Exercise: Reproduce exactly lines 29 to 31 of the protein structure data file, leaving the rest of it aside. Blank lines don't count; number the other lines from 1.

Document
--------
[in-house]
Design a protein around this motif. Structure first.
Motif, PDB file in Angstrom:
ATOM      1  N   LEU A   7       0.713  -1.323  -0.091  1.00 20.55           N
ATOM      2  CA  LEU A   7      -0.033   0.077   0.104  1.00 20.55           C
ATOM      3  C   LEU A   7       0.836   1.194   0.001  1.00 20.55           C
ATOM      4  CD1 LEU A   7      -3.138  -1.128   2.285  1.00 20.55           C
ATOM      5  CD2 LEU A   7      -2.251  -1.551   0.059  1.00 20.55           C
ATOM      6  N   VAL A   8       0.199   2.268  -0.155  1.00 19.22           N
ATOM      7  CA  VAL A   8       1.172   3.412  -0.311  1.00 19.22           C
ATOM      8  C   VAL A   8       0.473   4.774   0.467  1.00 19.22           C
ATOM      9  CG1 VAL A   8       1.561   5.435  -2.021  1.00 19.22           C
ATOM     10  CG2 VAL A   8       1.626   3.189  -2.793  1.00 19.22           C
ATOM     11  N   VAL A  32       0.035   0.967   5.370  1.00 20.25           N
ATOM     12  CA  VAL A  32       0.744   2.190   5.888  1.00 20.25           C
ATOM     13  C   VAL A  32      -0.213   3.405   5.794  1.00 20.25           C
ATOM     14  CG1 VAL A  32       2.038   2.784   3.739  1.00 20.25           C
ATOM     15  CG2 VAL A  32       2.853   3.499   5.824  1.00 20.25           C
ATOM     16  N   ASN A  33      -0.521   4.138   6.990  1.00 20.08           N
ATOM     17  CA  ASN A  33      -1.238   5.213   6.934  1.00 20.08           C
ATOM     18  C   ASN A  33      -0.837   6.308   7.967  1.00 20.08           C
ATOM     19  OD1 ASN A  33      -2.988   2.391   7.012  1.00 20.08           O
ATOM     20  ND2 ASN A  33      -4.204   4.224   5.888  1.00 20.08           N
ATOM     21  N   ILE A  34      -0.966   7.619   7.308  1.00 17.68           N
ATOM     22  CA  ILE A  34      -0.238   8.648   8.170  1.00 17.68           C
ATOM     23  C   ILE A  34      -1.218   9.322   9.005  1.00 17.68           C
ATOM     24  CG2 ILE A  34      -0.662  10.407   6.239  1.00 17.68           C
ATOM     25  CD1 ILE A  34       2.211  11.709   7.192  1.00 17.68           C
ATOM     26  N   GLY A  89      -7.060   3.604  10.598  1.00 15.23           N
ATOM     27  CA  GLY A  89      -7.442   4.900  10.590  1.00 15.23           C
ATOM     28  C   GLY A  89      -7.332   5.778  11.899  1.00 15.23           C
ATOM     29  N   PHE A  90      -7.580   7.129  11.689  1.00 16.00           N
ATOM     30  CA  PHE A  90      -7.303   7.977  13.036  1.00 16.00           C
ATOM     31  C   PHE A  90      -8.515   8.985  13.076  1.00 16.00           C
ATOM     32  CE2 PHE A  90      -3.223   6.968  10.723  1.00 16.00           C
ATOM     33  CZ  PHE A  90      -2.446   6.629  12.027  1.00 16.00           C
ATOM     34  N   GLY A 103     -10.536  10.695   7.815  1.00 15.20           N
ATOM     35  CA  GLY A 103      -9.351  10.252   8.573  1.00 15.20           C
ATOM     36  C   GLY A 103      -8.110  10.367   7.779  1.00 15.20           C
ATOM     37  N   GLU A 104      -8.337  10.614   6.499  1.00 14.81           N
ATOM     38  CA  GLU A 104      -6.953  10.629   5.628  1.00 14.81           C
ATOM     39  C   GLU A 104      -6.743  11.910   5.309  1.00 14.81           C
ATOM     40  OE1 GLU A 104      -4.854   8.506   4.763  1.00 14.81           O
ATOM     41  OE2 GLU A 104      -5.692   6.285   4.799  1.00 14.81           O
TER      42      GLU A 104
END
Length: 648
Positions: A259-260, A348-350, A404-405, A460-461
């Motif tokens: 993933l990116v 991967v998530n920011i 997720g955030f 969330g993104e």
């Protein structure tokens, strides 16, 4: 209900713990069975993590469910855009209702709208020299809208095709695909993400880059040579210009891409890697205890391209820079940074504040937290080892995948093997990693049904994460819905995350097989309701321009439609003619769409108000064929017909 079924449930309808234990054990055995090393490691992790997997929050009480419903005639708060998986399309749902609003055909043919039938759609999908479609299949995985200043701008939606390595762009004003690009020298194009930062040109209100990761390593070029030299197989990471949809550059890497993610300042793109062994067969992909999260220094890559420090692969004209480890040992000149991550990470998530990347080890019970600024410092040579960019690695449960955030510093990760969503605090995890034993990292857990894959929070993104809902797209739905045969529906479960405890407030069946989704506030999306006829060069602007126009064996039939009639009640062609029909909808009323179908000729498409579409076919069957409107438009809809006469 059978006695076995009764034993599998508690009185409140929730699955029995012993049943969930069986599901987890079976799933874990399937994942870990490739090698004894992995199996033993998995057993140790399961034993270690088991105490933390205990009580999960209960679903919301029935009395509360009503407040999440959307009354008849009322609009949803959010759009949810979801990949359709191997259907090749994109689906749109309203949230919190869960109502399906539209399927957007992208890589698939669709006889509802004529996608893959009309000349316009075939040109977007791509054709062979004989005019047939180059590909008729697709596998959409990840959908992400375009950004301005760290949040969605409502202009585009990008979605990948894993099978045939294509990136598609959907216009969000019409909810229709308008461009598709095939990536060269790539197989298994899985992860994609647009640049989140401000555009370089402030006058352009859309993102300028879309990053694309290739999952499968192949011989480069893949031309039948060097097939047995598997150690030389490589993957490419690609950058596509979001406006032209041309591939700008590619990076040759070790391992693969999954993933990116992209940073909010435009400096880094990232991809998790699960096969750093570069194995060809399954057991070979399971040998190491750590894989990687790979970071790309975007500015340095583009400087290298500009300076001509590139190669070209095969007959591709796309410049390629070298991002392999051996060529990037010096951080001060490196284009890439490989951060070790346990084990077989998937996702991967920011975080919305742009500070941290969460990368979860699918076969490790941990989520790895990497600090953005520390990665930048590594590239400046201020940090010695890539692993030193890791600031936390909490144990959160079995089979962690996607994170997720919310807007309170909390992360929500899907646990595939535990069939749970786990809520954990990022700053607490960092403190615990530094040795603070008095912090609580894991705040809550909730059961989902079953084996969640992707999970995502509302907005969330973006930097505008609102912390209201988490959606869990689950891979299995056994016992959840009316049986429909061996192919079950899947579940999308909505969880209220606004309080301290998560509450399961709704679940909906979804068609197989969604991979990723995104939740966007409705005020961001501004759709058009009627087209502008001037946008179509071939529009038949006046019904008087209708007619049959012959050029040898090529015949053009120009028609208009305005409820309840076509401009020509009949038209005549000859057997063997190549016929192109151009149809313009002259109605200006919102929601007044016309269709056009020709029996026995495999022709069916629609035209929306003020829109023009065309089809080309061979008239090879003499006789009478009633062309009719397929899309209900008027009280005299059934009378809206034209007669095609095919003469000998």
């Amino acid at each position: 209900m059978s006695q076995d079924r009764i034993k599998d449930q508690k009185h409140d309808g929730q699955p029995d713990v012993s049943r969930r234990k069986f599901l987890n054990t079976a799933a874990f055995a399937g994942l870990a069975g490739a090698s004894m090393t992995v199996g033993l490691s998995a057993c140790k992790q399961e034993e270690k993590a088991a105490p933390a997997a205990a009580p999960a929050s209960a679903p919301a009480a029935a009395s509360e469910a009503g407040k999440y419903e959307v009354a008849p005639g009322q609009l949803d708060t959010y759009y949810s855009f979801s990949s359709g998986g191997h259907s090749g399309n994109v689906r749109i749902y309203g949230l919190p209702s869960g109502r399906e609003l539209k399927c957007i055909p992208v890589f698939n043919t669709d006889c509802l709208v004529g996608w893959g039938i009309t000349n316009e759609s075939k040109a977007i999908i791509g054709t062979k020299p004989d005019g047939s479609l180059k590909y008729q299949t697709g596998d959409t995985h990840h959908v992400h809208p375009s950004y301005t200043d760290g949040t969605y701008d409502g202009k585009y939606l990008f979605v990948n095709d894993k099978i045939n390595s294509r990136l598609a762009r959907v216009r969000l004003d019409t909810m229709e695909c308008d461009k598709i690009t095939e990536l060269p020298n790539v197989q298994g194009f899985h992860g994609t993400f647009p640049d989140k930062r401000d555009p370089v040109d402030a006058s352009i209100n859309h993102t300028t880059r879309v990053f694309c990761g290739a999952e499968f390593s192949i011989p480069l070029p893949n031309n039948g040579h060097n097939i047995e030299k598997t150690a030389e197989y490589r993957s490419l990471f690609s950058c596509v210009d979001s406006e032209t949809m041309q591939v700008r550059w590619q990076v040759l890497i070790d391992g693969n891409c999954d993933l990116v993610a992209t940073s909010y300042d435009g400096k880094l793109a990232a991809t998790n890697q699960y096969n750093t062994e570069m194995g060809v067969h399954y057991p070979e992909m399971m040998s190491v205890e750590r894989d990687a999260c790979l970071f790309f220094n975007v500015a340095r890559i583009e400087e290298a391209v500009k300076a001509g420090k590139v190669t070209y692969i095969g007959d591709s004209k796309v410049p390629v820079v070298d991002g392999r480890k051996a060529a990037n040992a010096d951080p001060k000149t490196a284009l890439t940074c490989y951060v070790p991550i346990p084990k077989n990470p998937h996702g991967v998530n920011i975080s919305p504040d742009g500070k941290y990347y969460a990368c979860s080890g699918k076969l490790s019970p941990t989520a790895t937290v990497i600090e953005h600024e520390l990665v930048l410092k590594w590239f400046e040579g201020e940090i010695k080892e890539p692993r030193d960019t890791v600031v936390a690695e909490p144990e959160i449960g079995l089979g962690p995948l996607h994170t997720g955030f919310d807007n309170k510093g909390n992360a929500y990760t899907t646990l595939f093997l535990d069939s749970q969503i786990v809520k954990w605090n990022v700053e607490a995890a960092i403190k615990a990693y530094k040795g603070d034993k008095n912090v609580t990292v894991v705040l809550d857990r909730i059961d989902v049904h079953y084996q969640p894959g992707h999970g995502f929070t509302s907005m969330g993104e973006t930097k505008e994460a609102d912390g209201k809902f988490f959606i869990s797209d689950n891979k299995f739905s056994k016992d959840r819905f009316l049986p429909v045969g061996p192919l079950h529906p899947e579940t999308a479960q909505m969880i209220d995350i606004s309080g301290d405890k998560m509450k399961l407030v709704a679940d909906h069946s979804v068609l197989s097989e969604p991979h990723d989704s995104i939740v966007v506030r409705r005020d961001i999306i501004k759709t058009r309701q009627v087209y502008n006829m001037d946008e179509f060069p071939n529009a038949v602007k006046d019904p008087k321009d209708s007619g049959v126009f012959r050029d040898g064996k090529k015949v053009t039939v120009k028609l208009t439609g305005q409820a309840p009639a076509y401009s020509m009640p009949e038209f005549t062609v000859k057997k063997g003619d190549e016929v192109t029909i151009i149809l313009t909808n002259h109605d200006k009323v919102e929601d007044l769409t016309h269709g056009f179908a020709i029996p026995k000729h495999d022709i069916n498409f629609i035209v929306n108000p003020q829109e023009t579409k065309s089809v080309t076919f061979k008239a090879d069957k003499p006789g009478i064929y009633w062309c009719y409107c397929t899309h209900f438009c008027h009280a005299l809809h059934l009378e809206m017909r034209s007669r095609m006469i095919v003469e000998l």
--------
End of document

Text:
ATOM     26  N   GLY A  89      -7.060   3.604  10.598  1.00 15.23           N
ATOM     27  CA  GLY A  89      -7.442   4.900  10.590  1.00 15.23           C
ATOM     28  C   GLY A  89      -7.332   5.778  11.899  1.00 15.23           C